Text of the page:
Plattner: You're right about that. Thinking has in part been taken over by computer algorithms. It's a bit like autopilot on a plane; you can't do without it, but it also can't fly the plane alone.
SPIEGEL: If they all used the same software
Plattner: ... they all behave the same...
SPIEGEL: ... like lemmings.
Plattner: If all these clever mathematicians and statisticians with their software and financial models shaped such a disaster in the end, the call for more market monitoring and regulation is the wrong answer.
SPIEGEL: Objection! Letting the market run free has clearly failed. That's why all the stakeholders are calling for government intervention.
Plattner: So? Private debt will be exchanged for public debt. The problem will just be transferred. Of course we need short-term financial support, even if it is still a mystery to me why the very companies who practiced the worst business principles should be the first to get money from the state.
SPIEGEL: Are you against state support for banks and businesses?
Plattner: In our current situation, it may not be possible to do without bridge loans. Banks and businesses need time to adjust. But in principle, subsidies are problematic. It's better to invest in the future, in infrastructure and education.
SPIEGEL: And why is the call for greater regulation the wrong reaction?
Plattner: Clearly, we need to draw new boundaries. But in the end it's a question of transparency. More than anything, markets need laws that ensure openness. Look what happened with the fashionable subject of biofuels! In the beginning, many countries sponsored big development programs to produce grain-based energy sources. Then suddenly the UN sounded the alarm because the price of basic foods had doubled.
SPIEGEL: This was another problem powered by speculation.
Plattner: That may be. But suddenly there was a worldwide starvation problem. In the end it's just another example showing that the governments are also just stakeholders, and also make mistakes. The way individuals make mistakes. Transparency helps us recognize such mistakes faster.
SPIEGEL: Is the USA just part of the problem, or also part of the solution?
Plattner: Both, naturally. They sprung this crisis on us, but I feel certain they will also be the first to emerge strengthened from it. The Americans by the way also have no problem locking someone away for 25 years when he's proven to have lied and committed fraud, like Worldcom founder Bernie Ebbers. When something doesn't work, Americans change it fast and sometimes hard.
SPIEGEL: Bonuses for managers were also part of the problem. At the American investment bank Goldman Sachs alone, several billion went out in bonuses over the last few years.
Plattner: That may sound crazy to us, but things work differently in America. Even our top people there tell me, 'You may have founded SAP, but we're developing it further and delivering you the profits -- so we want a piece of the pie.' And you know what? I think they're right.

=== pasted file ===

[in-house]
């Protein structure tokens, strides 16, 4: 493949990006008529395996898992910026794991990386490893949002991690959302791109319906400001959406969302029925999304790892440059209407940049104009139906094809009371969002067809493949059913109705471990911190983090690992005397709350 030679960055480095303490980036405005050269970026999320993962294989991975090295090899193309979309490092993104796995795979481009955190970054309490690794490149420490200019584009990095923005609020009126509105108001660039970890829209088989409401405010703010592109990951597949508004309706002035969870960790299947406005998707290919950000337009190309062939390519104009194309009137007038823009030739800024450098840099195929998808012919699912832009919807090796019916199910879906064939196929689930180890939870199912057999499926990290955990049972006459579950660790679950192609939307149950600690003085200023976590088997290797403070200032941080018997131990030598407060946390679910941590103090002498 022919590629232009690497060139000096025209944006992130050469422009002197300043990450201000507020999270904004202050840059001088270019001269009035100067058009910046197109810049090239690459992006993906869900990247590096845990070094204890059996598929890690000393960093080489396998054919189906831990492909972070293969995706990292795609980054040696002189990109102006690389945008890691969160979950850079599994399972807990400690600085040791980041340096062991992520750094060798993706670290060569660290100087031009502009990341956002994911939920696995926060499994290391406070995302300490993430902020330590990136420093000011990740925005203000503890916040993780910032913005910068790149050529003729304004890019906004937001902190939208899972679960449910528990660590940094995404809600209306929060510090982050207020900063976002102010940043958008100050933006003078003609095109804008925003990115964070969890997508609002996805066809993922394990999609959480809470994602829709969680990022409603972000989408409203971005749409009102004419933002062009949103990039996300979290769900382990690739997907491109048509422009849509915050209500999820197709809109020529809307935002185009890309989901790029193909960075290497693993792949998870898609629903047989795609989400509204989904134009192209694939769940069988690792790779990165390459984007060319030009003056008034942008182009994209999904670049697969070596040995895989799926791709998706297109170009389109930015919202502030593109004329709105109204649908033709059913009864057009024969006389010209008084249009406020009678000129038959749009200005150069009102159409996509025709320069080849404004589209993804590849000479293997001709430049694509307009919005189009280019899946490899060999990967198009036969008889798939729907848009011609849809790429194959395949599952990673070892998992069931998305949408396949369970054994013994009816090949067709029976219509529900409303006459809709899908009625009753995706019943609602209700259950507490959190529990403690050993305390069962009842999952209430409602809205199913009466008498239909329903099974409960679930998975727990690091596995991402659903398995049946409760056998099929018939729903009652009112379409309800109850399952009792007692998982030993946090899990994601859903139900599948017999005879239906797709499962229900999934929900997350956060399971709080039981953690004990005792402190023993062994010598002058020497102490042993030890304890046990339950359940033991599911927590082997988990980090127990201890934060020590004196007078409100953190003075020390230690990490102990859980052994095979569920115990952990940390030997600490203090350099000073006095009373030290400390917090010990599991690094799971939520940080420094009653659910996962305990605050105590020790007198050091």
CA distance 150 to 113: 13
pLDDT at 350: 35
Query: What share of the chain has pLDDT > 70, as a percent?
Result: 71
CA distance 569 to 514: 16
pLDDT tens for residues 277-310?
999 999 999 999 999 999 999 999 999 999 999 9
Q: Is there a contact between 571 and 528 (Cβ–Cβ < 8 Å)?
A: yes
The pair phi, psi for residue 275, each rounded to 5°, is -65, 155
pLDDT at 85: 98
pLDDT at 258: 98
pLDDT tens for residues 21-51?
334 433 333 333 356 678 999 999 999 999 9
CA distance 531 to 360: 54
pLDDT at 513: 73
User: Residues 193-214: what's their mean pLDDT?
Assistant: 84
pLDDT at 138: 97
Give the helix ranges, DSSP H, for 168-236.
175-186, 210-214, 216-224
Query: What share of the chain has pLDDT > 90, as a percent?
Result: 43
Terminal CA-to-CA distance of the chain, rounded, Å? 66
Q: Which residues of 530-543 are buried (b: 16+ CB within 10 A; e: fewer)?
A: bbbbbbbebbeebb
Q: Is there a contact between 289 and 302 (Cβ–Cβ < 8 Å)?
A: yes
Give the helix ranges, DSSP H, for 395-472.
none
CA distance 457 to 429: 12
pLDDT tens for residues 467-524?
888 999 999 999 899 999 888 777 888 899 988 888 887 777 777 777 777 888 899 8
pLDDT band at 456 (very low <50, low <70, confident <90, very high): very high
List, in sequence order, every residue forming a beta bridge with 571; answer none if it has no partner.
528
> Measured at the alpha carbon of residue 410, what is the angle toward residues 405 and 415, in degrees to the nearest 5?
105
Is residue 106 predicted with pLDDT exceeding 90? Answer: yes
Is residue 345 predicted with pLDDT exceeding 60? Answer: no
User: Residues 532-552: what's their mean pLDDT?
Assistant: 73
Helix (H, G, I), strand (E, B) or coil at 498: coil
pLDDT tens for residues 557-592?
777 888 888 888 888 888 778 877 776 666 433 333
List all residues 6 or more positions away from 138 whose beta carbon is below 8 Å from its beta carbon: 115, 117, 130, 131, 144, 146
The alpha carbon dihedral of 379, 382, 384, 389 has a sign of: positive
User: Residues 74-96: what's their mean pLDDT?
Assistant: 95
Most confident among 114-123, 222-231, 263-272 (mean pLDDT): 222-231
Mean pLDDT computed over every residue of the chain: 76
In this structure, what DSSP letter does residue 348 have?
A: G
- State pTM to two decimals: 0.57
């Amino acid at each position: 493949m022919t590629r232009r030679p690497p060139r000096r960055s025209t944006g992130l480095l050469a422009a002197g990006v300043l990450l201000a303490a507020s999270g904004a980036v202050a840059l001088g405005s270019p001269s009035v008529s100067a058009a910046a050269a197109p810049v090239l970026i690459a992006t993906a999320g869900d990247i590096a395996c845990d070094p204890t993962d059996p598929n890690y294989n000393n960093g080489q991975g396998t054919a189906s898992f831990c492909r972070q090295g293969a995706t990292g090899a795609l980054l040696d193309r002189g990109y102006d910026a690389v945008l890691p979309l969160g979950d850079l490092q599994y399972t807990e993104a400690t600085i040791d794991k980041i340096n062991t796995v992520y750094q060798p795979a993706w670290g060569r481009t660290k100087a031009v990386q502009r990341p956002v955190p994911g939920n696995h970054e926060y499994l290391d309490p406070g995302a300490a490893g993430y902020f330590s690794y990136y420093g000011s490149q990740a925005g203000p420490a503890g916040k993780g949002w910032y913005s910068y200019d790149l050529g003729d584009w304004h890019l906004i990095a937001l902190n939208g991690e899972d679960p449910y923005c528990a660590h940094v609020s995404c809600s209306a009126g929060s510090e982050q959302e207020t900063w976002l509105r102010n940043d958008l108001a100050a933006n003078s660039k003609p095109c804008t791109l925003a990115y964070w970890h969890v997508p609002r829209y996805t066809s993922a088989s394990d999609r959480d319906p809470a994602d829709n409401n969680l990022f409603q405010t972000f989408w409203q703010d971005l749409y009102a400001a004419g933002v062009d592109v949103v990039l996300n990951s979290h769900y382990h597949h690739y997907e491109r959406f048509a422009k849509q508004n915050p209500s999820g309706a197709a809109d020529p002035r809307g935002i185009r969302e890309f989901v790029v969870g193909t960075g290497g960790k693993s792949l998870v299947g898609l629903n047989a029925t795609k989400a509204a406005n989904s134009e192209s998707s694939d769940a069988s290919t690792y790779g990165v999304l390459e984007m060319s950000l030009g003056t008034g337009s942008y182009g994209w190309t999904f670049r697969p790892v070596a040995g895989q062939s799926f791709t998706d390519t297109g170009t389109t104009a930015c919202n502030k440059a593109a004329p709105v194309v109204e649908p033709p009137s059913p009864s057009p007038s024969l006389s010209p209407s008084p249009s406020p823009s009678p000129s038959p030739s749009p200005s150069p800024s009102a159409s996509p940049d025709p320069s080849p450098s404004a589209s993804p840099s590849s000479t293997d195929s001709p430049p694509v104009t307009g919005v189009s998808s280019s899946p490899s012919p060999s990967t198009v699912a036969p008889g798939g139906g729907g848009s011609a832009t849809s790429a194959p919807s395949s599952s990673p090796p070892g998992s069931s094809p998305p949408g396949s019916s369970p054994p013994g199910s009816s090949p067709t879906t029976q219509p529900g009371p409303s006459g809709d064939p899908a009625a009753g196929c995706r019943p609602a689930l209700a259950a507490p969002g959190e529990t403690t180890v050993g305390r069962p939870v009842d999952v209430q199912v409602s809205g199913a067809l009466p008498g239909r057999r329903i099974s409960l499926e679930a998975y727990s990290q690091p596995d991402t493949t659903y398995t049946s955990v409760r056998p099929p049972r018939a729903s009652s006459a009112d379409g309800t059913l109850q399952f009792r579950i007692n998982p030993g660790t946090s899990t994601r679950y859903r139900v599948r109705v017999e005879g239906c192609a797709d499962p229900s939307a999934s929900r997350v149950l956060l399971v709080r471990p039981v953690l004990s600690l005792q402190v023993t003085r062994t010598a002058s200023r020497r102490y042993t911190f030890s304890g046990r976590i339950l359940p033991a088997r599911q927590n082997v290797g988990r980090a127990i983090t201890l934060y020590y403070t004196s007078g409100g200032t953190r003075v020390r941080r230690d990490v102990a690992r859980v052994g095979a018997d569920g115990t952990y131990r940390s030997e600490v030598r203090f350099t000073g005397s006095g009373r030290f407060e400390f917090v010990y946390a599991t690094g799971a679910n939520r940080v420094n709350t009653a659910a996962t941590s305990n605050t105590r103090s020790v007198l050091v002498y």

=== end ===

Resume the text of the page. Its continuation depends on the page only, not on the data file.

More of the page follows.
SPIEGEL: The bonuses are tied to criteria like stock performance. Little wonder that leads people to embellish balance sheets and engage in frenzied activity.
Plattner: It works just the other way round -- increasing company profits lead to a rise in share prices, which in turn leads to increased bonuses.
SPIEGEL: In the last months there have been bankers who drove their companies into the ground and still landed big severance packages.
Plattner: That may be difficult to explain to people. These severance packages and bonuses are really just an echo of past success, their dues for previous years. You can't suddenly deprive managers of components of their usual income. People have contracts. Find me someone who would sign one for, let's say, just one year? To me it seems crazy that only managers are singled out for exorbitant earnings. Owners are rarely taken to task for that.
SPIEGEL: The financial crisis was unbelievably quick to affect real business. Many companies are considering layoffs. Not even a success story like SAP can give a clear outlook for 2009.
Plattner: Having no outlook is worse than having a bad one. We're all in a complete fog. We have no idea anymore how things are going to turn out.
SPIEGEL: Even SAP is now saving on business trips, company cars, and so forth.
Plattner: Oh, that wasn't a big deal. We're cutting back on a few things. Maybe that was communicated a little clumsily.
SPIEGEL: Is it normal for you as the head of the supervisory board to attend the works council meeting to whip up sentiment?
Plattner: It's not unusual for me to show up there. And current circumstances are really unusual. But we aren't the biggest problem for SAP right now, it's the analysts who want their numbers.
SPIEGEL: What lessons have you personally learned from the current economic crisis?
Plattner: Recently on German TV they showed "Domino Day." You could see the pieces falling at an incredible speed. Remorselessly. With the same remorseless resolve, piece after piece in the economy is falling down at frightening speed. I don't have the impression, though, that we're much cleverer now than we were back in the world economic crisis almost 80 years ago. The world has been living too much on credit, and is still doing so.
SPIEGEL: How so?
Plattner: When we look at ourselves, how we are exploiting the environment, there is only one conclusion -- that we are all living way beyond our means, and we don't even notice it. And when the bill finally arrives
SPIEGEL: Mr. Plattner, thank you for the interview.